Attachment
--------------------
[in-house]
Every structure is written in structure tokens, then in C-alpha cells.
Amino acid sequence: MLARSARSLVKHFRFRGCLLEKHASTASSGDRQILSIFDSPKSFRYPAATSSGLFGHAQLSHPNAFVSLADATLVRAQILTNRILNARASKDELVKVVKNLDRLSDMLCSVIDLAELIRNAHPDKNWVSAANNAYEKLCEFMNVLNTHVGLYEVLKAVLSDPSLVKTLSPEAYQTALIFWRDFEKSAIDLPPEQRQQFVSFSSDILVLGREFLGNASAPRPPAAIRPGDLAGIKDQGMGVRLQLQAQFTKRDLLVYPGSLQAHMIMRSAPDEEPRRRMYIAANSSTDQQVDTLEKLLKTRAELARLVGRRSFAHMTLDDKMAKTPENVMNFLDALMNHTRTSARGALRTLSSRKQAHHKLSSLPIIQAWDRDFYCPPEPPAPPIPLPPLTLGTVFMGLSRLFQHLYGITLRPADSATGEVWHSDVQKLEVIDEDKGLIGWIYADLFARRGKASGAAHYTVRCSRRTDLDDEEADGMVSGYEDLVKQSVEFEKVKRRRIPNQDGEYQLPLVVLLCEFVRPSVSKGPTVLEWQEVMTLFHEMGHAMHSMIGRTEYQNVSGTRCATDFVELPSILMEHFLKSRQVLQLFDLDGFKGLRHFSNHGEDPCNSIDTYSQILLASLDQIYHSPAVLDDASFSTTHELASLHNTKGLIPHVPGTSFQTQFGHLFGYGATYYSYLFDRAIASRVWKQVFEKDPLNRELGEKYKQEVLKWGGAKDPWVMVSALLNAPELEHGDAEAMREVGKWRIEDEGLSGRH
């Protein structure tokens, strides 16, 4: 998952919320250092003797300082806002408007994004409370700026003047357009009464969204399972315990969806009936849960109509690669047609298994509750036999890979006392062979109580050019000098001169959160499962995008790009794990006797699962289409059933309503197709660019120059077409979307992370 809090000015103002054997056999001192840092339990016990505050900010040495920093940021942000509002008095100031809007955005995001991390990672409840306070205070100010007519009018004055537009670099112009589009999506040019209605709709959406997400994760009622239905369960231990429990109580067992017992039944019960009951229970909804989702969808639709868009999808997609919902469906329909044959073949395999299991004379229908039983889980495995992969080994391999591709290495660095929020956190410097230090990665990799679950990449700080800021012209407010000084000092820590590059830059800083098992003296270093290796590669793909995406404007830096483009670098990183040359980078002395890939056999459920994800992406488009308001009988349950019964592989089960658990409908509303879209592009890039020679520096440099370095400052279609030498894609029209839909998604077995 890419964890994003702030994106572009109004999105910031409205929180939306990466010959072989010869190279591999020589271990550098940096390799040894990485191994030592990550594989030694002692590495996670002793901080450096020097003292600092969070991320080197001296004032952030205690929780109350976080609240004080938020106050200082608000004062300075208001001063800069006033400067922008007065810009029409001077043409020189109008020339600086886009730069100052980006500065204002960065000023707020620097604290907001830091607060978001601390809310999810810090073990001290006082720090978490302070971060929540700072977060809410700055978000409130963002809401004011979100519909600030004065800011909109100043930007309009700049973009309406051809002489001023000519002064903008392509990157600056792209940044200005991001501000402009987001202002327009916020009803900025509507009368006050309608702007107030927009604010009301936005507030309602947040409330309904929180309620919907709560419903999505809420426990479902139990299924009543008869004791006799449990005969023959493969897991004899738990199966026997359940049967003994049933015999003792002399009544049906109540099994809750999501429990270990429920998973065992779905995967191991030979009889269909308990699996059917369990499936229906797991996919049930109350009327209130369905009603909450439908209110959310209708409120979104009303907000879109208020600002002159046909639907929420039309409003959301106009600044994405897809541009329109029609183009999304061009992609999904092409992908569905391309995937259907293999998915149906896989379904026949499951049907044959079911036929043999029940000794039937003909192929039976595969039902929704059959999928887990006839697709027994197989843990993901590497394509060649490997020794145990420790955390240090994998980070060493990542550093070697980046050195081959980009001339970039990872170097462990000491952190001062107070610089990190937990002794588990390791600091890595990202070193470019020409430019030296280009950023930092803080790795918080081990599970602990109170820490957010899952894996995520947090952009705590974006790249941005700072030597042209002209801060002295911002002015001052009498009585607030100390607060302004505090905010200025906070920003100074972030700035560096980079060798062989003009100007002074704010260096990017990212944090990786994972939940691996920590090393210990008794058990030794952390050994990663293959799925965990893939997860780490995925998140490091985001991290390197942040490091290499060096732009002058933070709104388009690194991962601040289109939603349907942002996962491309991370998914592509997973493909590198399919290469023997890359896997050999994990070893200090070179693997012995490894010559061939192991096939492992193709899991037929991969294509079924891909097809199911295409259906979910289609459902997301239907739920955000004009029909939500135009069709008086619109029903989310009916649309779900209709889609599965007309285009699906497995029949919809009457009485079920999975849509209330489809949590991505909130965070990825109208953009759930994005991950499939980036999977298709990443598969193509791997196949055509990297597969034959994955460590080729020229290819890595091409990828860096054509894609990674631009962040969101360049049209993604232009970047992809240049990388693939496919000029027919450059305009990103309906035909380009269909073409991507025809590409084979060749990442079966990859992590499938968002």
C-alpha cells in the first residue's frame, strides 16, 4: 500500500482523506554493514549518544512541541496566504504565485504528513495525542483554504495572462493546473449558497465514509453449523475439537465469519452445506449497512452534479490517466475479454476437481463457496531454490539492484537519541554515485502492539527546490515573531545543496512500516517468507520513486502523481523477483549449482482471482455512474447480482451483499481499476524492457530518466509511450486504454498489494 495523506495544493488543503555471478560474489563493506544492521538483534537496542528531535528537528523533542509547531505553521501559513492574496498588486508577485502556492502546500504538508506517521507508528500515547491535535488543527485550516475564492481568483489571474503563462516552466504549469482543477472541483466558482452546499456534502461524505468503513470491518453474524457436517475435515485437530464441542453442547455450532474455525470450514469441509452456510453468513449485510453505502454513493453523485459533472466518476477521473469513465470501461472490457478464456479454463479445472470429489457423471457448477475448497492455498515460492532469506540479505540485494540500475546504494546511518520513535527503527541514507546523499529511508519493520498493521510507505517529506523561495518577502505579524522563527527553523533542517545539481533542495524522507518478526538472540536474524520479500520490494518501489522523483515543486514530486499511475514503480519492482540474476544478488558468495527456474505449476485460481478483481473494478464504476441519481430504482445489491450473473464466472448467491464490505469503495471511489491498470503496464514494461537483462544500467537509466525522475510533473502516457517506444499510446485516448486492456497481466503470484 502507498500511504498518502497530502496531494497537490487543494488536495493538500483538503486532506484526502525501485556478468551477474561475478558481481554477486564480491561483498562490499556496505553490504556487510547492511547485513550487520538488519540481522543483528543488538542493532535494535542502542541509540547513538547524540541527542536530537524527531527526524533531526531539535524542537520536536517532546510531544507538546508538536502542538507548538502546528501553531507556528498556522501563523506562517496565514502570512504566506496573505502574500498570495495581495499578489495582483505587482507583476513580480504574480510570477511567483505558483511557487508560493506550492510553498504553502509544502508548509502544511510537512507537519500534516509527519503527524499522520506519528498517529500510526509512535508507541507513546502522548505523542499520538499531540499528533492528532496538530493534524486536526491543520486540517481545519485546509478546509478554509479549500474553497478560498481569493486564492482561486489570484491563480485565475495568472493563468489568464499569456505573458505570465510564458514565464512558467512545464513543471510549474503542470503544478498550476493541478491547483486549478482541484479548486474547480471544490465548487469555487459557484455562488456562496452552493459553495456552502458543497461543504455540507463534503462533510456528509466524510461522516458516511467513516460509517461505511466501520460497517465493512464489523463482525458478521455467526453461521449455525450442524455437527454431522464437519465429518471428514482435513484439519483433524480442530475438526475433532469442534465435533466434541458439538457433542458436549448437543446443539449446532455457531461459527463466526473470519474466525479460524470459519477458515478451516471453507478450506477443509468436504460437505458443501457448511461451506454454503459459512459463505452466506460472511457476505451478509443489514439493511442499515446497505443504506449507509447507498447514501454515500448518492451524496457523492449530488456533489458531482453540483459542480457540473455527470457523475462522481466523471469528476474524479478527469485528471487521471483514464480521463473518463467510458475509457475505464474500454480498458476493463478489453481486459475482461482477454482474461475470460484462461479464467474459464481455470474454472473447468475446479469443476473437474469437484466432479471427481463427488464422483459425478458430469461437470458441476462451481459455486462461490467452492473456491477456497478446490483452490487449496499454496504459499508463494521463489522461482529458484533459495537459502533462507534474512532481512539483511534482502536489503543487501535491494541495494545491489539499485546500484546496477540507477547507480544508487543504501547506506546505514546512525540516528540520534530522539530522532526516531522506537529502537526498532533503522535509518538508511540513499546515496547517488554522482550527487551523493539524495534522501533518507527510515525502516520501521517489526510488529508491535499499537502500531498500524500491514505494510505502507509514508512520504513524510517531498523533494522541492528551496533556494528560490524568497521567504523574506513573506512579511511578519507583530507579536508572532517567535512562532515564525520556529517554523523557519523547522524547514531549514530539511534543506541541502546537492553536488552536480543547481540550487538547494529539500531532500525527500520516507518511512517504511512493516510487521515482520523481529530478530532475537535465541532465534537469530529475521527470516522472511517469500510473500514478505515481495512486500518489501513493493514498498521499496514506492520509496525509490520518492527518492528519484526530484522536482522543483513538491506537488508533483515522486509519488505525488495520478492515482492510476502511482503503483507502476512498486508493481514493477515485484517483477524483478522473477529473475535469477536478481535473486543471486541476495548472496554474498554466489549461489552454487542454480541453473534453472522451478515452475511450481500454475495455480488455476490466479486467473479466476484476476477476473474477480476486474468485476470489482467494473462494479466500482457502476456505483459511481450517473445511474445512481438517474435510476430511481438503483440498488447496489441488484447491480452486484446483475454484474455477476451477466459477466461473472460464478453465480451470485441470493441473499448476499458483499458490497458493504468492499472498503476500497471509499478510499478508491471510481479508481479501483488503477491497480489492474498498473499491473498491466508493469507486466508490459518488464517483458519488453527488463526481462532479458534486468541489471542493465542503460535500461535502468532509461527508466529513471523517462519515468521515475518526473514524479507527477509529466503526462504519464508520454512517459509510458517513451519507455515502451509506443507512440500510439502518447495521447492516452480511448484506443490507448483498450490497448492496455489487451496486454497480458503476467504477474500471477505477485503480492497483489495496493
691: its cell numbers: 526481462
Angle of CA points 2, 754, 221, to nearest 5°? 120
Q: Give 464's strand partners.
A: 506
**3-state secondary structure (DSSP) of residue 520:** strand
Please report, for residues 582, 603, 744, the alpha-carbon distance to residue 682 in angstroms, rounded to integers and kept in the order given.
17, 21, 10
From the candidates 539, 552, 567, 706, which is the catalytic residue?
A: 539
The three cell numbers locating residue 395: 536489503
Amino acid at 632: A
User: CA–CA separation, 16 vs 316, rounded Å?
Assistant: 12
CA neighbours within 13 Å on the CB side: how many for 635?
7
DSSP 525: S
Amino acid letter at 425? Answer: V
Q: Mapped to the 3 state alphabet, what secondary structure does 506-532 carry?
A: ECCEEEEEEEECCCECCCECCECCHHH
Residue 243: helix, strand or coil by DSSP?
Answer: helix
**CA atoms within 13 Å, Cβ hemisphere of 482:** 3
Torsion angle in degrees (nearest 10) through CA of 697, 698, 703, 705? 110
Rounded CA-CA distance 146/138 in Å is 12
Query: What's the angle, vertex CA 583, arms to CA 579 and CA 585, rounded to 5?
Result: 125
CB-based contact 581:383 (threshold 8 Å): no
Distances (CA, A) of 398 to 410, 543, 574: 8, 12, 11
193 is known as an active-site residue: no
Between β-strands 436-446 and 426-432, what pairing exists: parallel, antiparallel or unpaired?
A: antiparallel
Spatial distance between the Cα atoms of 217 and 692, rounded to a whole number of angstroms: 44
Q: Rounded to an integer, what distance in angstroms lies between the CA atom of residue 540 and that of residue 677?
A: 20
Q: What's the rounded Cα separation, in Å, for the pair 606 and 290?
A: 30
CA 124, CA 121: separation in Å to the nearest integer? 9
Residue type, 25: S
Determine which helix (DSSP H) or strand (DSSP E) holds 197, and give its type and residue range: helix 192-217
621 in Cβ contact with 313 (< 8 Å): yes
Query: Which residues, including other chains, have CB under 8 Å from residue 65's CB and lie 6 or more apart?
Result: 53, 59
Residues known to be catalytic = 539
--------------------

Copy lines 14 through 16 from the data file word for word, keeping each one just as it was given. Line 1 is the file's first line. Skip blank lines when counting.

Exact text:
A: 539
The three cell numbers locating residue 395: 536489503
Amino acid at 632: A